Thelma and Gwen

Thelma Scott and Gwen Plumb.

Thelma Scott and Gwen Plumb.

At the pub tonight, we were discussing Thelma Scott and Gwen Plumb, apropos of absolutely nothing. I was reading my friend Graeme’s blog the other night and was reminded of the story of Thelma Scott. We all remembered her vividly, and with fondness, as a character from Number 96.

With that inspiration, I went on an internet search for her, and discovered she and Gwen Plumb, another iconic Australian figure were probably in a long-tem relationship. You would never know, though, from some of the online references…

Her funeral notice, for example, makes only a passing reference to theirs being a “great friendship”…

SCOTT, Thelma. Passed away peacefully at Royal North Shore Hospital, November 24, 2006. Formerly of Kirribilli. Great friend of Gwen Plumb (deceased) and Elaine Lee. Dear cousin of Shirley, Ann and Paddy. Sadly Missed. The relatives and friends of THELMA are kindly invited to attend her funeral service, this Wednesday (November 29, 2006), in the East Chapel of the Northern Suburbs Crematorium Delhi Road, North Ryde, commencing at 1.30 p.m. In lieu of flowers donations would be greatly appreciated to The Guide Dogs of Australia in Thelma’s honour

Her Wikipedia entry is equally circumspect…

For many years Scott lived in Kirribilli, New South Wales with Plumb, who died on 5 June 2002. They also had a house at Whale Beach where they hosted luncheons for show business colleagues. Four-and-a-half years later, Thelma Scott died of a heart attack at the Royal North Shore Hospital in Sydney. She was 93 years old, a fact noted by all the obituary writers who referred to her as the grand dame of Australian actors.

Gwen’s, however, is a little more forthright.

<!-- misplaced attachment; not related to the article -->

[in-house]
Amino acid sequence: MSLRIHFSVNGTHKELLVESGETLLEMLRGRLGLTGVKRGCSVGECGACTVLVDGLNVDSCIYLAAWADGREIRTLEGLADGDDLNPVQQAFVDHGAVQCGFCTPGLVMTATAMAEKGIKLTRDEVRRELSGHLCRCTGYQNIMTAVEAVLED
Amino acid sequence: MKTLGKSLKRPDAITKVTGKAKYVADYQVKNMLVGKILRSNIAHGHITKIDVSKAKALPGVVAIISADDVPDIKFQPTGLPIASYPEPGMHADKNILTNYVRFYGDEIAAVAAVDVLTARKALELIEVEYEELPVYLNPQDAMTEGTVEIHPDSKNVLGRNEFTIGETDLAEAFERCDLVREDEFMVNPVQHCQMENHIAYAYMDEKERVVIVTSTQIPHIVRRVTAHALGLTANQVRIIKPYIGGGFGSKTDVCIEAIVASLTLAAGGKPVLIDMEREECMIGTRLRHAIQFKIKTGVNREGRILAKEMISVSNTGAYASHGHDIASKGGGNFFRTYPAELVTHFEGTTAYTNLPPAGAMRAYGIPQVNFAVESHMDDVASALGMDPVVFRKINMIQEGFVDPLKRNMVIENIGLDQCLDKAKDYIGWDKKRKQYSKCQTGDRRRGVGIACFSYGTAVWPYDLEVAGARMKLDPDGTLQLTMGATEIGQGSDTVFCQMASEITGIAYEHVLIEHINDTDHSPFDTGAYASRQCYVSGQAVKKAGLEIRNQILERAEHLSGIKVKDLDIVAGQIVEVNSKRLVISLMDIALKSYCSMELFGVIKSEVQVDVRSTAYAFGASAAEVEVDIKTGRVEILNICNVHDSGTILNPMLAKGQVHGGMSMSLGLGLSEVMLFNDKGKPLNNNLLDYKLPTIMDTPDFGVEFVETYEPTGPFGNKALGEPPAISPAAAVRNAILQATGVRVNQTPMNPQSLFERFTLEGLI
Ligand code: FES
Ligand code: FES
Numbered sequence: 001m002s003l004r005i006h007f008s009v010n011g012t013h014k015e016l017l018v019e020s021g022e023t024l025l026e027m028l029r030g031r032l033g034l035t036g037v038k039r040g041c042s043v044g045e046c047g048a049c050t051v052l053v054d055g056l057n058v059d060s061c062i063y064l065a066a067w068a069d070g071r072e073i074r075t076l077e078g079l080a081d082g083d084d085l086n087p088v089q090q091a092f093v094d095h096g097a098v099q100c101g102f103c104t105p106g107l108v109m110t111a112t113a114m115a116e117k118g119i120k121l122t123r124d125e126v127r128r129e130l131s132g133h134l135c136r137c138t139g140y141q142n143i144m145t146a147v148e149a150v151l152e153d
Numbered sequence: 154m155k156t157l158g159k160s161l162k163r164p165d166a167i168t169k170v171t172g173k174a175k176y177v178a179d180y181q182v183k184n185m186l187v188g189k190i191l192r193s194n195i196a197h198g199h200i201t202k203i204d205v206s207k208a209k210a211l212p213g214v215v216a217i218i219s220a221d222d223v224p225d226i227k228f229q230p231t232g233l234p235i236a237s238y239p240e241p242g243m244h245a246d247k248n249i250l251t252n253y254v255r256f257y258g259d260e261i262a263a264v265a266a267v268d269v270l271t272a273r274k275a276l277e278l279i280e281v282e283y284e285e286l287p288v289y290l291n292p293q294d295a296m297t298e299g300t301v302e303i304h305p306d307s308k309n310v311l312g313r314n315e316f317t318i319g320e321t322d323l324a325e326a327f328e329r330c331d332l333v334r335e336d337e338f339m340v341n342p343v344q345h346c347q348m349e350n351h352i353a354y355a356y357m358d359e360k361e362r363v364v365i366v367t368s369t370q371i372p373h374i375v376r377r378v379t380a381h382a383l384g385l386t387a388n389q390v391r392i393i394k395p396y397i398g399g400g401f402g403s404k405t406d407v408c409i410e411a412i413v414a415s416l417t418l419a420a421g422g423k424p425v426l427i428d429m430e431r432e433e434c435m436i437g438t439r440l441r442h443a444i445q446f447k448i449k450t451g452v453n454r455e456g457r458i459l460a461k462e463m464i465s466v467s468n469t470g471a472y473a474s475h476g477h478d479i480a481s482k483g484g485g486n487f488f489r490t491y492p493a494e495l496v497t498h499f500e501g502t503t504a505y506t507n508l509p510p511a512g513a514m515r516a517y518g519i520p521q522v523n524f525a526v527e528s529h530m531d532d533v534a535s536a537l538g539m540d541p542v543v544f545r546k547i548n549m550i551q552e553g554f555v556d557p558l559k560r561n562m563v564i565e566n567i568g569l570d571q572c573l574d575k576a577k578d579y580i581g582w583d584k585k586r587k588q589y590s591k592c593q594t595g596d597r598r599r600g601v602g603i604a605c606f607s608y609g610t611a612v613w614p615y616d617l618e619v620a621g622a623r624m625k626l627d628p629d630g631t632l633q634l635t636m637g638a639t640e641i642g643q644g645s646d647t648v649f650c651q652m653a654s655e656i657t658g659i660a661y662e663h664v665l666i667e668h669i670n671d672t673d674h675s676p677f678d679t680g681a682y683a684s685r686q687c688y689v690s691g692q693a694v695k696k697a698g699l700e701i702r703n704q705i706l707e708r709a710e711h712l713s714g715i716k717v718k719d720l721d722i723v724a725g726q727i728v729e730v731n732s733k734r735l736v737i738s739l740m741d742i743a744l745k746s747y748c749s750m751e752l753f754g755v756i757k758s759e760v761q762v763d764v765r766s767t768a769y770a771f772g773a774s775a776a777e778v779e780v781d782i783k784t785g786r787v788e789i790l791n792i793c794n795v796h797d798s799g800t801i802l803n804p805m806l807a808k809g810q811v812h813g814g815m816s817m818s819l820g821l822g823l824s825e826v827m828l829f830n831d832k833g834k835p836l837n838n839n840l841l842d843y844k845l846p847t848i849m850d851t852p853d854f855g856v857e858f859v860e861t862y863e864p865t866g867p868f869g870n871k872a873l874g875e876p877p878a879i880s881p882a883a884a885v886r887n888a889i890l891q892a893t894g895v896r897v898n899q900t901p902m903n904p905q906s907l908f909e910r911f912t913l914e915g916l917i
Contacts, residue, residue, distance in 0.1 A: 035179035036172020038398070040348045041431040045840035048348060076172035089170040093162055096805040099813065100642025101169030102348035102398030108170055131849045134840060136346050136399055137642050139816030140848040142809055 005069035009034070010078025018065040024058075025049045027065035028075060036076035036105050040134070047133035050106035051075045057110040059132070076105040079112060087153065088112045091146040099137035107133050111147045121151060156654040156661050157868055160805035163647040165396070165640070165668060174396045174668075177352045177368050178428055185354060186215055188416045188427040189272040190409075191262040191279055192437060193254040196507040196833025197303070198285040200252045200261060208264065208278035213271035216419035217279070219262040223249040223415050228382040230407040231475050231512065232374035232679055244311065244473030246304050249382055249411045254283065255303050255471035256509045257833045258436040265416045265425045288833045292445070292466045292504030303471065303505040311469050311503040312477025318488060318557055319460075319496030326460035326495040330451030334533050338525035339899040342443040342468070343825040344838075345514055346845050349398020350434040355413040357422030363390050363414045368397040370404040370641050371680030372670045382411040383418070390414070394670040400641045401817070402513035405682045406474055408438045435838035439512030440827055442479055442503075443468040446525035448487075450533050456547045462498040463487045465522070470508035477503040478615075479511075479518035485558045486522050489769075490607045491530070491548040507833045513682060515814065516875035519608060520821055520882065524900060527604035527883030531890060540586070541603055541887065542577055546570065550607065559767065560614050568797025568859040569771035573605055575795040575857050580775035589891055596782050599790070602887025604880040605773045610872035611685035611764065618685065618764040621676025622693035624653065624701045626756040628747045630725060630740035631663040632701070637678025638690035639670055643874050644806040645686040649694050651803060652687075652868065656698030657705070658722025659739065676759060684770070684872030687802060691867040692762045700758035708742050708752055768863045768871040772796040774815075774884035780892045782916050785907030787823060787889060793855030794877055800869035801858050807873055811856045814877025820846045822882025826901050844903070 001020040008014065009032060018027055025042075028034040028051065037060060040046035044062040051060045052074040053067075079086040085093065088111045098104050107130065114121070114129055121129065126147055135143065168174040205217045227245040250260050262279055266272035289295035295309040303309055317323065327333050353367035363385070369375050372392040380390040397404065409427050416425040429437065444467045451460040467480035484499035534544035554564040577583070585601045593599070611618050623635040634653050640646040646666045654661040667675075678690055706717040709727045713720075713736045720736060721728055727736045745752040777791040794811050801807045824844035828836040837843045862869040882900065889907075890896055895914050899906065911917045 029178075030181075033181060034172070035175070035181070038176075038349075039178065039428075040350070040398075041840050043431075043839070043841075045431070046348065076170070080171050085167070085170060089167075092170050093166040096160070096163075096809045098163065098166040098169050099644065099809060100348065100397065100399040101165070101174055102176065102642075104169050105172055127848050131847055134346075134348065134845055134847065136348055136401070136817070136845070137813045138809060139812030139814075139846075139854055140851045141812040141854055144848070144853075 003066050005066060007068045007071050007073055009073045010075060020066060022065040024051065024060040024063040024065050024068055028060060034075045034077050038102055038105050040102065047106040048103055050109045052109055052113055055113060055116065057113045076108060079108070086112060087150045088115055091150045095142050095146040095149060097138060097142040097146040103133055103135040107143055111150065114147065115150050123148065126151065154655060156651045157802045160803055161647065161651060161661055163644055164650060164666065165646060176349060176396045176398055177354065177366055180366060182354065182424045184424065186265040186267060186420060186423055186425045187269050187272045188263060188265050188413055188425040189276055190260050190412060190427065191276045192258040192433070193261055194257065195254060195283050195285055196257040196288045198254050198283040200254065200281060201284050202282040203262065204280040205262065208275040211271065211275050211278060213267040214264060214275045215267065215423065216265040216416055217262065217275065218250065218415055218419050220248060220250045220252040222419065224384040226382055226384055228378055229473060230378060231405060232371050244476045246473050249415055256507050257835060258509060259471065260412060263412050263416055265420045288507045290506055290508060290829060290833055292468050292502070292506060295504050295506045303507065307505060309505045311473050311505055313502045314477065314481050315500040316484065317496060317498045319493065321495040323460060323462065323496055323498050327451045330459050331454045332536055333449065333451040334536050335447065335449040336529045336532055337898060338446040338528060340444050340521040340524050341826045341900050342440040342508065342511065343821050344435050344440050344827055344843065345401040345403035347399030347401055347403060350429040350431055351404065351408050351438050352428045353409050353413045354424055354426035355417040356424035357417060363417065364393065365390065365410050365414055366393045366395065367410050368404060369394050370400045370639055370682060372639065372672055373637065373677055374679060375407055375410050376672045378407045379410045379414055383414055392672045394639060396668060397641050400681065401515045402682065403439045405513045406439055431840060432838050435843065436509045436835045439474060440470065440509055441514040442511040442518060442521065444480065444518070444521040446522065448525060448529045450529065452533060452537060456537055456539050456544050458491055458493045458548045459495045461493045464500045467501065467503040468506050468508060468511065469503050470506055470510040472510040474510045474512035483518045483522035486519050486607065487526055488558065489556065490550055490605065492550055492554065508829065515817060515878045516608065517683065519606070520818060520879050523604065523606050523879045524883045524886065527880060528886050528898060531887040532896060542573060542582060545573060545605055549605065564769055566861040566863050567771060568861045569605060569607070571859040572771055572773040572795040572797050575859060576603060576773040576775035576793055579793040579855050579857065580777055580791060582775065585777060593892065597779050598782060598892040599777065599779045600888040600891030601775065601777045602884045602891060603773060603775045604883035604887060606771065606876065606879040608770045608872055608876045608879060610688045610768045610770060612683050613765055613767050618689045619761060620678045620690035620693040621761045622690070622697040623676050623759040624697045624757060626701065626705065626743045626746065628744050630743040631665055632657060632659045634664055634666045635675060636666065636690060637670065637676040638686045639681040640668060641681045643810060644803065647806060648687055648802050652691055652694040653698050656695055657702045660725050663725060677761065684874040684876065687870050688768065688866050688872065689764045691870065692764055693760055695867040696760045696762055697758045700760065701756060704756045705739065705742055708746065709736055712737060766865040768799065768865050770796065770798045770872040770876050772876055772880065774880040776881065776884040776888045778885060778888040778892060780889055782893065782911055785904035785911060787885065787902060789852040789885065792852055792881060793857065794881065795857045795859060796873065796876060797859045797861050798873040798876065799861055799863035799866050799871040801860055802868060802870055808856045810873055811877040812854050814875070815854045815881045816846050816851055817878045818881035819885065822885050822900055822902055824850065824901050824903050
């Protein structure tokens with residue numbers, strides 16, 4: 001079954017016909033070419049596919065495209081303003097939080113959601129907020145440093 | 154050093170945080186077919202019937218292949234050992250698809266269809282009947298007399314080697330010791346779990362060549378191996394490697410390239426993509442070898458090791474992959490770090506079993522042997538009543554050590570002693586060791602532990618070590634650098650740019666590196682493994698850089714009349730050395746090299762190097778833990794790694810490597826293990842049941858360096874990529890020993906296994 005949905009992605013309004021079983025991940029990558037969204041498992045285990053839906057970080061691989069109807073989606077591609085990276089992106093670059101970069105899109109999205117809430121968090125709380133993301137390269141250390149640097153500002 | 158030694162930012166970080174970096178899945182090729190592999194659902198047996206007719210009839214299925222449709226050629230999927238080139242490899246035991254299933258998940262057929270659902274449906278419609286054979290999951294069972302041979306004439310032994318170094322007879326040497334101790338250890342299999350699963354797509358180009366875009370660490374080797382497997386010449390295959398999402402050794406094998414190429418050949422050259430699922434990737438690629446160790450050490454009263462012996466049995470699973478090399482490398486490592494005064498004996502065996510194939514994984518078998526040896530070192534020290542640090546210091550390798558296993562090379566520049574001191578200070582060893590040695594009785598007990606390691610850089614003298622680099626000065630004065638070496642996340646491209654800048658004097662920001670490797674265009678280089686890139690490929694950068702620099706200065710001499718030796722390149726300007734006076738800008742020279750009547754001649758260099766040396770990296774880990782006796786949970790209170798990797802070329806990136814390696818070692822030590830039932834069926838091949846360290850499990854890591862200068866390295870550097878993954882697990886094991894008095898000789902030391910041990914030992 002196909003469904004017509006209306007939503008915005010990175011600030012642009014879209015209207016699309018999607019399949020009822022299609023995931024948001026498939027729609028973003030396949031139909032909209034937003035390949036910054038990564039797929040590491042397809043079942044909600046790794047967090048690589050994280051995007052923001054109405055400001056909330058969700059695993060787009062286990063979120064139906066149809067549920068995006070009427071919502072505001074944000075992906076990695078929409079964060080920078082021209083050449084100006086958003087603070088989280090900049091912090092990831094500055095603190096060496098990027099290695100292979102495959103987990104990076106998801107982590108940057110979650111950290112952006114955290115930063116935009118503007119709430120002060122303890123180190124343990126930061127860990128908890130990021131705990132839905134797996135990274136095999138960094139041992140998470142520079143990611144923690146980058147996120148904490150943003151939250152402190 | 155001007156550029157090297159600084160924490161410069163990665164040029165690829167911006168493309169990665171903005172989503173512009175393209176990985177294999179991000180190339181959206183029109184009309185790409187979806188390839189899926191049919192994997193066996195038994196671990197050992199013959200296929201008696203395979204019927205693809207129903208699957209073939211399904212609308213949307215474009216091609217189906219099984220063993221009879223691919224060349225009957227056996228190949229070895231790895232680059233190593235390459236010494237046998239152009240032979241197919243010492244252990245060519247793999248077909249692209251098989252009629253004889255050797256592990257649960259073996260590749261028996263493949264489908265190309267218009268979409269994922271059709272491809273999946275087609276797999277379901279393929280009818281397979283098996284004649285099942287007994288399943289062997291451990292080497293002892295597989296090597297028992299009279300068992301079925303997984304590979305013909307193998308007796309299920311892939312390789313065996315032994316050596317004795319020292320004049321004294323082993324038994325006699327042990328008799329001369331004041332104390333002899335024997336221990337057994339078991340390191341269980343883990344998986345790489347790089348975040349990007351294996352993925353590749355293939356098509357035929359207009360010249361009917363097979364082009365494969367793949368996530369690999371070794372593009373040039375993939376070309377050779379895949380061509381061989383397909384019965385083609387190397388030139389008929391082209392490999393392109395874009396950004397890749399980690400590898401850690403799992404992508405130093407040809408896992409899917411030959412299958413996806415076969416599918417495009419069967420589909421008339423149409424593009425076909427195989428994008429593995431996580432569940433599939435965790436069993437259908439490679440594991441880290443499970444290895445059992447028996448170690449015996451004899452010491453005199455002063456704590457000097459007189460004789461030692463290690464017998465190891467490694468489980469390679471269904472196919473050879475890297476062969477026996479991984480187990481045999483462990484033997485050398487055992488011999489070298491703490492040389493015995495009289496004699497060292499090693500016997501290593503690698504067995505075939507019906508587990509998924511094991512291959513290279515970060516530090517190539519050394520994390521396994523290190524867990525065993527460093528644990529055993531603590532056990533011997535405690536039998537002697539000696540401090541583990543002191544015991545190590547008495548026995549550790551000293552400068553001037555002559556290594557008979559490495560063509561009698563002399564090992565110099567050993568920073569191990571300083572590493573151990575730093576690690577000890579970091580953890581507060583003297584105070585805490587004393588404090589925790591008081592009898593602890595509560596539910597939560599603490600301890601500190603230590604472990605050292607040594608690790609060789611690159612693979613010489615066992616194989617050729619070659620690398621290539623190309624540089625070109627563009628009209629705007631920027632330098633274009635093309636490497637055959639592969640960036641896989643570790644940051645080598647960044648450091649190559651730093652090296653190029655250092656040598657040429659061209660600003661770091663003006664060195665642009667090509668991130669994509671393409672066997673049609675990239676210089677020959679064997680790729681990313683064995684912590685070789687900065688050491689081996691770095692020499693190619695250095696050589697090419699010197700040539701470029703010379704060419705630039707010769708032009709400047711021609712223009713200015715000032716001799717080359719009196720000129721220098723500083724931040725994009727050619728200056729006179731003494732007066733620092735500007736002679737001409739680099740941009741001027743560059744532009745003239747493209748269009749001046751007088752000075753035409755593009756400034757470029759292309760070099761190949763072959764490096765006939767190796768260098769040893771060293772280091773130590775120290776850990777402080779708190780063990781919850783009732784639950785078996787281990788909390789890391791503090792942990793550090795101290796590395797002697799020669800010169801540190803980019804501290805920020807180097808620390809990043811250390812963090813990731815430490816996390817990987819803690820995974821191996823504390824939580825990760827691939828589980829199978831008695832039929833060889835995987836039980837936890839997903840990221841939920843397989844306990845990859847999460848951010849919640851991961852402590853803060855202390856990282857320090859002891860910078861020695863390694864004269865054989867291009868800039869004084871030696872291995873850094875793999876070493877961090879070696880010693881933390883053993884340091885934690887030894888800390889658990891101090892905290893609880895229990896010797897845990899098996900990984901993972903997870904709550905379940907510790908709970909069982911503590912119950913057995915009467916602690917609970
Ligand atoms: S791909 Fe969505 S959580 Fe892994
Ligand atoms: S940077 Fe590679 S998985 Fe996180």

Her long-term partner was actress, Thelma Scott.

There’s also a reference to their working relationship in Thelma’s Wikipedia entry…

Scott also worked as a director on the opening night show of Channel Ten Sydney in 1965, titled TV Spells Magic, and did a stint as director on the daily chat show The Gwen Plumb Show.

But clearly they were in relationship. Theirs was not a “friendship”, it was a “relationship”.

Thelma’s obitury in The Australian was a little more forthright…

THELMA Scott, thespian and lifelong partner of actor Gwen Plumb, died last week at her Sydney home, aged 93. Scott’s career stretched from her first role in 1931 at Melbourne’s Comedy Theatre through countless radio and TV appearances, including Skippy, Bellbird, The Young Doctors, Richmond Hill and Glenview High. In 1972 Scott played socialite Claire Houghton in Number 96. The role was written for her by series creator David Sale. Although she once said she “jumped at the role”, she also notoriously sent the producers a telegram before joining, saying she didn’t want any patterned drapes on her set. She was providing her own expensive wardrobe and didn’t want the competition.

I didn’t know them, so I can’t be sure. And although I respect the privacy issue, and I appreciate their relationship was from a different time and era, I still feel a little sad their obvious relationship was referred only even in modern times as a “friendship”.

  1. Bravo James. I am currently researching Gwen Plum as part of my work on my own memoir about being a woman working in radio, and got no indication about her relationship with Thelma. How very sad that these two remarkable women had to live their entire lives …and very public ones at that, with their most important relationship locked away in a closet….They both contributed so much to the fabric of who we are as Australians, while privately having to carry the burden of discrimination for as long as they lived…..A very big lesson for us all as humanity very slowly grows the fuck up!

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  2. Thanks Gayle. I agree completely with your comments.

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  3. For what its worth, Thelma and Gwen were my next door neighbours when I was a child from the late 60s and on, and we all knew, even as children that they were partners. They lived in an apartment block shared by several interesting women (and men) – artists, actors, writers, “film people” and other memorable personalities. I thought nothing of it at the time. As an adult I have often reflected on how lucky I was to grow up surrounded by a cluster of colourful, intelligent, bold and grounded women. Eccentric even then (one was always accompanied by her parrot “Mr Chips” on her shoulder). (:

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    1. Wonderful contribution Narchy, and how lucky you were to have grown up in such an interesting apartment block :)

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